When Liam Finn sings, “I knew I couldn’t have you / right from the very start / and that’s why you see right through me / the boy who ate your heart,” during FOMO’s earliest moments, he sounds humbled, but also resigned to his place in an existence often fraught with anxiety, obsession, maladjustment. It’s a good look on him, the Kiwi songwriter and son of Crowded House/Split Enz music vet, Neil. FOMO isn’t as long or excitable as Finn’s 2007 debut, I’ll Be Lightning, nor is at as aggressive or raucous as his live show, but that suits him just fine. After all, a good pop record, at the end of the day, is still a good pop record.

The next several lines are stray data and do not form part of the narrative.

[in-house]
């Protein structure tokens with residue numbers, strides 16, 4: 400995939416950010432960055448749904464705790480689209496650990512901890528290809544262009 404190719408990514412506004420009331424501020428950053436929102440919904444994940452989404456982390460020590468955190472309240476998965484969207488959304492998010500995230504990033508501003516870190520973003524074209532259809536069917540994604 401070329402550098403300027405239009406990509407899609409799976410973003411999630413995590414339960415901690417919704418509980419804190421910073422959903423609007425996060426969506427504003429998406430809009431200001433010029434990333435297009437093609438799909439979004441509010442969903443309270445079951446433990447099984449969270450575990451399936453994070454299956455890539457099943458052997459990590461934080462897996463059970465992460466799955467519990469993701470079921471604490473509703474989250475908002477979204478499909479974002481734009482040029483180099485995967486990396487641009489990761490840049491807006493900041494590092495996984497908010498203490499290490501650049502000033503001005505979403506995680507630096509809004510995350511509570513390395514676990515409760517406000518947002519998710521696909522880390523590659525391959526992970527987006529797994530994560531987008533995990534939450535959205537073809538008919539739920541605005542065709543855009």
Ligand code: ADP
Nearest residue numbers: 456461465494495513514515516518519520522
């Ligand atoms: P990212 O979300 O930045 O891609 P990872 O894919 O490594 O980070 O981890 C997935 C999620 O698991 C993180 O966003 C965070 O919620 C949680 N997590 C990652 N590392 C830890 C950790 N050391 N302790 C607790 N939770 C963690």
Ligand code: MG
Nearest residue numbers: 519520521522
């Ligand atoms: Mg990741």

While FOMO contains the same breezy hooks (“Chase the Seasons”) that earned Finn comparisons to Elliott Smith a few years back, and certain songs here aren’t a far cry from early Shins (“Reckless”), as a whole, his third proper release—including the 2009 collaborative EP with Eliza-Jane Barnes, Champagne in Seashells—simply oozes poise. For every uneasy transition from gorgeous melody to noisy breakdown (“Roll of the Eye”), there’s an ominous, inspired synth (“The Struggle”) with Finn holding court over the top of it, like a seasoned songwriter.
The fact of the matter, of course, is that’s exactly what he is at this point. Finn’s been playing and touring professionally for half his life, and that opportunity has afforded him much. Which is to say: He’s really coming into his own, and he’ll have his masterpiece yet, probably a few of them. FOMO isn’t one, but it sure is a lovely listen, something that completists will likely point to one day as some of the old guy’s “good-but-not-great, early stuff.” Chances are, Finn is just fine with this.